So which church is a cult?

NiceCupOfTea

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as long as they all have the roast I dont suppose it matters that much.
 

mojobadshah

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How do you know everyone on earth is only human? Doesnt the bible make reference that you may be etertaining angels and not know it? Just because you have not personally seen something do you really discount all of the witness accounts documented as to miracles and such?

Please, don't get all semantical on me. I'm a human, your a human, angels are not of this world. Yeah, I do discount them. My concern is that the documentation happened, when the documentation happened, and the concepts that are conveyed in the documentation exist, not whether the phenomenon conveyed in the documentation exist. In other words I don't really care whether Jesus existed or not, rather that the New Testament does, and that it mentions certain concepts like "reward or punishment in the next world contingent upon one's true or false deeds" for example, and that these concepts can be traced back to an earlier source.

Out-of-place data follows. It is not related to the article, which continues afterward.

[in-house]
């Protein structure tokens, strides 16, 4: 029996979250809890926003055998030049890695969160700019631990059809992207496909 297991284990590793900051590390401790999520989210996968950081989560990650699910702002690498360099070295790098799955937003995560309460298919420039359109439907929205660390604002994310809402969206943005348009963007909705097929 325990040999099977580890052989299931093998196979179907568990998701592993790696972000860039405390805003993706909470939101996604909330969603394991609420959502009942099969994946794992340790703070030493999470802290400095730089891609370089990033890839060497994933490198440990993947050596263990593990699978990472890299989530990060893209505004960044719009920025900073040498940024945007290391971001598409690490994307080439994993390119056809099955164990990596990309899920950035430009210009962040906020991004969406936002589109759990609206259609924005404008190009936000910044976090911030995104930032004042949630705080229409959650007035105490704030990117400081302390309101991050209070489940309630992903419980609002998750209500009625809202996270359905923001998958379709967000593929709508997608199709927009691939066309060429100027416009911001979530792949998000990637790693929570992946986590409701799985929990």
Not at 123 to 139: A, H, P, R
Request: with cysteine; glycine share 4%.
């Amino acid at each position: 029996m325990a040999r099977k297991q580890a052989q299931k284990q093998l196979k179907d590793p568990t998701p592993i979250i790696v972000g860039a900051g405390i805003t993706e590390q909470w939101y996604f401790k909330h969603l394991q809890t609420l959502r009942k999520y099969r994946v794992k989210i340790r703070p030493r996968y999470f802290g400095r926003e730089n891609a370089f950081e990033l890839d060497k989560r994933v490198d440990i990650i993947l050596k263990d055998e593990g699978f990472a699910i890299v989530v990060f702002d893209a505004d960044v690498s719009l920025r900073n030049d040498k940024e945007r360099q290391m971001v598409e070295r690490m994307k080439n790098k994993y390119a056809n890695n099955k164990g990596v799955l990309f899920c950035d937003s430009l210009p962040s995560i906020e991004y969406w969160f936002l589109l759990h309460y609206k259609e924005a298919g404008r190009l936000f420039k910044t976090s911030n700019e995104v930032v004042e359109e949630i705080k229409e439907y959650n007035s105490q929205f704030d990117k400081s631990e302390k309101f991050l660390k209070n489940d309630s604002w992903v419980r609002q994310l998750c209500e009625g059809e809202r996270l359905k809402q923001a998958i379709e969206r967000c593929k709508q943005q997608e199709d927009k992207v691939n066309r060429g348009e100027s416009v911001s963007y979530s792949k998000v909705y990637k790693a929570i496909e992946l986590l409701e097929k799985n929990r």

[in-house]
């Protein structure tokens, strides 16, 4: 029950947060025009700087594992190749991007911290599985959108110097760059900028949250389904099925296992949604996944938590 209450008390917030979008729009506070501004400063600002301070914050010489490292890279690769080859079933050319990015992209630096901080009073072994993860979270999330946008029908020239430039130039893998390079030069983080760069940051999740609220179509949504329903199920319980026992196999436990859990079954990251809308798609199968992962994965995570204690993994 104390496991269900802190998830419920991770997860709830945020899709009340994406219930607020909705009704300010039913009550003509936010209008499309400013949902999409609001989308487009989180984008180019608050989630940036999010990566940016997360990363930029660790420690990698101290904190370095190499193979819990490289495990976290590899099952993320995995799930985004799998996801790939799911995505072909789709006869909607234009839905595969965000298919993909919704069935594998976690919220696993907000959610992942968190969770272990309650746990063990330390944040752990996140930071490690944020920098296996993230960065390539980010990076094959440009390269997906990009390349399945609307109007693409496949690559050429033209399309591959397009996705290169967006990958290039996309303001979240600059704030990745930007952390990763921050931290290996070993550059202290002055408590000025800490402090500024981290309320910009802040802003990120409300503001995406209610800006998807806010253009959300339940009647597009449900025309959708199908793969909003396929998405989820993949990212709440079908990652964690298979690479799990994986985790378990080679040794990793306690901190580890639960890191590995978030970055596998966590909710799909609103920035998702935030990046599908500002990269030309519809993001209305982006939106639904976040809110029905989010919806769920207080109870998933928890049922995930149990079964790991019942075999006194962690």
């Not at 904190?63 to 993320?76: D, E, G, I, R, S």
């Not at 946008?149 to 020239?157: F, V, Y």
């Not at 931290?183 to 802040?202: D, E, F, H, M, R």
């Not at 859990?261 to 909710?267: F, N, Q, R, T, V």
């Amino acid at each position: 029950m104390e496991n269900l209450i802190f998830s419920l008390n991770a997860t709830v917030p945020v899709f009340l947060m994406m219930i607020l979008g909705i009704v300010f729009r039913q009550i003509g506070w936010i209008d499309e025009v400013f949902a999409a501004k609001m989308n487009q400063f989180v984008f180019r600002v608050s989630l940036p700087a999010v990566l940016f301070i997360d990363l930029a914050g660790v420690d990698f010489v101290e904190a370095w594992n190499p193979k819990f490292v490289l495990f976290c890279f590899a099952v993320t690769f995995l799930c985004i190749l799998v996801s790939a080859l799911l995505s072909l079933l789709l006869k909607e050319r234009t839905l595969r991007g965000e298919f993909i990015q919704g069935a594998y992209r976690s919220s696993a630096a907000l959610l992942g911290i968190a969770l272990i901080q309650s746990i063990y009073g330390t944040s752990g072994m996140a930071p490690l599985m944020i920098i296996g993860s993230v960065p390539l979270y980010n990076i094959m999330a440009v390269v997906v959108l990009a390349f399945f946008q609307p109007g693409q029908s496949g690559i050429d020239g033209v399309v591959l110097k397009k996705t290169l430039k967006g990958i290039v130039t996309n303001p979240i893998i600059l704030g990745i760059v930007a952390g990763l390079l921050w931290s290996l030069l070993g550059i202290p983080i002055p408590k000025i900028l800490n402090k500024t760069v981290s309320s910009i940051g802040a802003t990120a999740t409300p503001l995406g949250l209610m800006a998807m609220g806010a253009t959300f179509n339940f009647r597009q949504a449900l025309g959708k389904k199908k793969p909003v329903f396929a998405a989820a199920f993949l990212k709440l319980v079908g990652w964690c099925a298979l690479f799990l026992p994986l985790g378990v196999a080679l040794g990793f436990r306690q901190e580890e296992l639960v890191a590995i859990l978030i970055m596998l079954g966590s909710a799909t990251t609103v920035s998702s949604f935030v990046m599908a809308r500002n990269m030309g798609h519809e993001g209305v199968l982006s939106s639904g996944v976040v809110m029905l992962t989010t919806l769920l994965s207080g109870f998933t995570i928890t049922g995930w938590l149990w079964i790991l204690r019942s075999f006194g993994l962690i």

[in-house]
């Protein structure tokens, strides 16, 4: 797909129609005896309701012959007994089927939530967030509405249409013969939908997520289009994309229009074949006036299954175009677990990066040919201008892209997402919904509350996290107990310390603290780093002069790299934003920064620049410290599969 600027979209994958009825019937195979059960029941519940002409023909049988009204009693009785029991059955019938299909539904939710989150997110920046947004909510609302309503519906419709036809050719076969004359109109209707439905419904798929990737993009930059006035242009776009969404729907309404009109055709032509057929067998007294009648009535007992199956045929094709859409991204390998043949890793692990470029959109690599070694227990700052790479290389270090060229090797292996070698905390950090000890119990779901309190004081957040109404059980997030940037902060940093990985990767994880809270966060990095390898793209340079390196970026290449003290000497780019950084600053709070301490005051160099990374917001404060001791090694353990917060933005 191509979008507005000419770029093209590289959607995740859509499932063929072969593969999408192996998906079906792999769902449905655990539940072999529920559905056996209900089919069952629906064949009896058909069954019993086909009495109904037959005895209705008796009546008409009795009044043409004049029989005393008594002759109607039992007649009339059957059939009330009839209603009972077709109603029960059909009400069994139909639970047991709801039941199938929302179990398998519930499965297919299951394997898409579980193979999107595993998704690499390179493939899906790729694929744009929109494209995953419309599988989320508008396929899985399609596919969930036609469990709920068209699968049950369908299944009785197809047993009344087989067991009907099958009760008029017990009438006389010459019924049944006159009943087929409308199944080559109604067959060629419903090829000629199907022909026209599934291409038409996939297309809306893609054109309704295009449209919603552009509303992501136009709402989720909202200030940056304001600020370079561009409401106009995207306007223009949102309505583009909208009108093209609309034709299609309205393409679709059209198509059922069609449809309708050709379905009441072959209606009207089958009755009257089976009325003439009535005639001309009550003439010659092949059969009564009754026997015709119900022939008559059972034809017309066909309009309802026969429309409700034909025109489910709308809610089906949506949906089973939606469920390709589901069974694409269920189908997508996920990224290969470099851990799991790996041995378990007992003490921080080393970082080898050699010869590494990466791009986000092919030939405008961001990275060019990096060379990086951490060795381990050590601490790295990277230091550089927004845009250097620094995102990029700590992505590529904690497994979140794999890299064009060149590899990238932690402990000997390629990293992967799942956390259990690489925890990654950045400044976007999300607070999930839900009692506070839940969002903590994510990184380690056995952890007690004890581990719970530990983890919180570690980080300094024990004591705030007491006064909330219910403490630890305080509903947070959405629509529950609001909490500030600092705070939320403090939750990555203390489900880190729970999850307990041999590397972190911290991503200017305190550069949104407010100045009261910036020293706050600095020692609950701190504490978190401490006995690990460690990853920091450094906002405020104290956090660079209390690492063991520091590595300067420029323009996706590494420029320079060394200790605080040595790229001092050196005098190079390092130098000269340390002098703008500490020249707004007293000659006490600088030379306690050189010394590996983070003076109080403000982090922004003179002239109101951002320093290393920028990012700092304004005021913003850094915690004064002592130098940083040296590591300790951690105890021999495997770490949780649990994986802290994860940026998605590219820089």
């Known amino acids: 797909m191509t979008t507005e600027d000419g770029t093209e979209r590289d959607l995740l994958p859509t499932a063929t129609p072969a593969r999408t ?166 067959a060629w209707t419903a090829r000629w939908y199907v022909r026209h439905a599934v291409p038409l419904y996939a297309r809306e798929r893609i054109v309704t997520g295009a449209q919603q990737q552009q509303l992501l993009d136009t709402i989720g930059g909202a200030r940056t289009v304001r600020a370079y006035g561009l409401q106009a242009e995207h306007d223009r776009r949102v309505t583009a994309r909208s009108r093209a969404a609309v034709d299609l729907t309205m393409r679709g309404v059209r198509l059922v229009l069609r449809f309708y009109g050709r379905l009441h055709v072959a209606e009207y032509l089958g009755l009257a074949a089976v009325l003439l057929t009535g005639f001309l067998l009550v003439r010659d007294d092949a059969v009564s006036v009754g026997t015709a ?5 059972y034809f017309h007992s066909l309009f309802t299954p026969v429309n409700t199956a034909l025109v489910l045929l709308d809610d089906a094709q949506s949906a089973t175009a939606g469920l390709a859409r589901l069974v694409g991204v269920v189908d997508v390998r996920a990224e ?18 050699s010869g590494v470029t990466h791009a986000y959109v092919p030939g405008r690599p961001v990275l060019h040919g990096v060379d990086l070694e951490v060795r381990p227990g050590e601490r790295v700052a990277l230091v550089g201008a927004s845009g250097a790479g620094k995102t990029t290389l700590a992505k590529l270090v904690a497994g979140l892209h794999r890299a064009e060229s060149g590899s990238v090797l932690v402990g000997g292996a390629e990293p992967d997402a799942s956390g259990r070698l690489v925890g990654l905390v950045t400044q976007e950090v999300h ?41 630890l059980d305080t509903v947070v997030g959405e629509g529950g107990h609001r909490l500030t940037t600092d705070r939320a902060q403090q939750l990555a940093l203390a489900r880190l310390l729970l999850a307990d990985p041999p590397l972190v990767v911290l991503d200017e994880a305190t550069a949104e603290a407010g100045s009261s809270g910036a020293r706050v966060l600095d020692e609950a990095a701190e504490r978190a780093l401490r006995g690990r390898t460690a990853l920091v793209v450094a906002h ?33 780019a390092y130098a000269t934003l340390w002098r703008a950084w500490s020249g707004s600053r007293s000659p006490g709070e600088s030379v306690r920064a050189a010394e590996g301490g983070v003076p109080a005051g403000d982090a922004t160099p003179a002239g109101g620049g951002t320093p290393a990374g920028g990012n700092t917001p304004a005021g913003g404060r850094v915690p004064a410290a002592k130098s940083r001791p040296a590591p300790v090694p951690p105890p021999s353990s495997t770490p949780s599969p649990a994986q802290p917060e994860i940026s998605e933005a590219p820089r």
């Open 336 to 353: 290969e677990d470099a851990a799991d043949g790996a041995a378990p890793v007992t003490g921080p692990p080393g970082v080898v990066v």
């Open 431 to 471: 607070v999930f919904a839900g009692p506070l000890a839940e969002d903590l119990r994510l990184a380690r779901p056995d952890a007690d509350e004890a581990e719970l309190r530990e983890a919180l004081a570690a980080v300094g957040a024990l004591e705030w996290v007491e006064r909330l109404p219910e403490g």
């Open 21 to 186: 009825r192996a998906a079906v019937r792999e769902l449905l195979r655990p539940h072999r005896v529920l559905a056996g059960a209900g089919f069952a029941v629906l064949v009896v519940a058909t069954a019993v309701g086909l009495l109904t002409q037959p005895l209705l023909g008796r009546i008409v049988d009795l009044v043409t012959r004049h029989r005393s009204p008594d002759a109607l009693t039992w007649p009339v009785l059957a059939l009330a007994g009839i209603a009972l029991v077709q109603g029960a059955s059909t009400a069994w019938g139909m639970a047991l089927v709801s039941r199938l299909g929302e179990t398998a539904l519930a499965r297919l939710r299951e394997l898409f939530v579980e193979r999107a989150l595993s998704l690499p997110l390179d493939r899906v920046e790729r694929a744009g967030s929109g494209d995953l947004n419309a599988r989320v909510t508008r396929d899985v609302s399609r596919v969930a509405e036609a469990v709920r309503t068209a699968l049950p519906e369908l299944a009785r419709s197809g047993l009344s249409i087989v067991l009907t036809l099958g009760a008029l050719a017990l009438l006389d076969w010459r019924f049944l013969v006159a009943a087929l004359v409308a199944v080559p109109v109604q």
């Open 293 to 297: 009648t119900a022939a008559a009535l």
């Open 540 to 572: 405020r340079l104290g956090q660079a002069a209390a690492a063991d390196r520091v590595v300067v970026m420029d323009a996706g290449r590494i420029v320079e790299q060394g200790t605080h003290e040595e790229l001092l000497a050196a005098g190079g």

chakraman

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Sigh... there are no Gods, nor is there a God. There is only the concept.

there might be "gods" beyond conception, unwise imo to state categorically that there aren't, because you can't know for sure. the facts of their existence or whether they exist lie beyond desire and the conclusive mind imo. to find out any truth surely one must drop conclusions. of course this depends also on how one defines a god, i would say a being who is beyond ego but then that is also a conclusion

Depends how you define cult... all organized religion is a cult because all religion utilizes group-think to control and delude people.

The only non-cults are those which say "don't believe, experiment and confirm".

i go along with this. for me anything that demands faith or acceptance without question.

also where there is the worship of a person(ality); when a person becomes more important than their words.
 

chakraman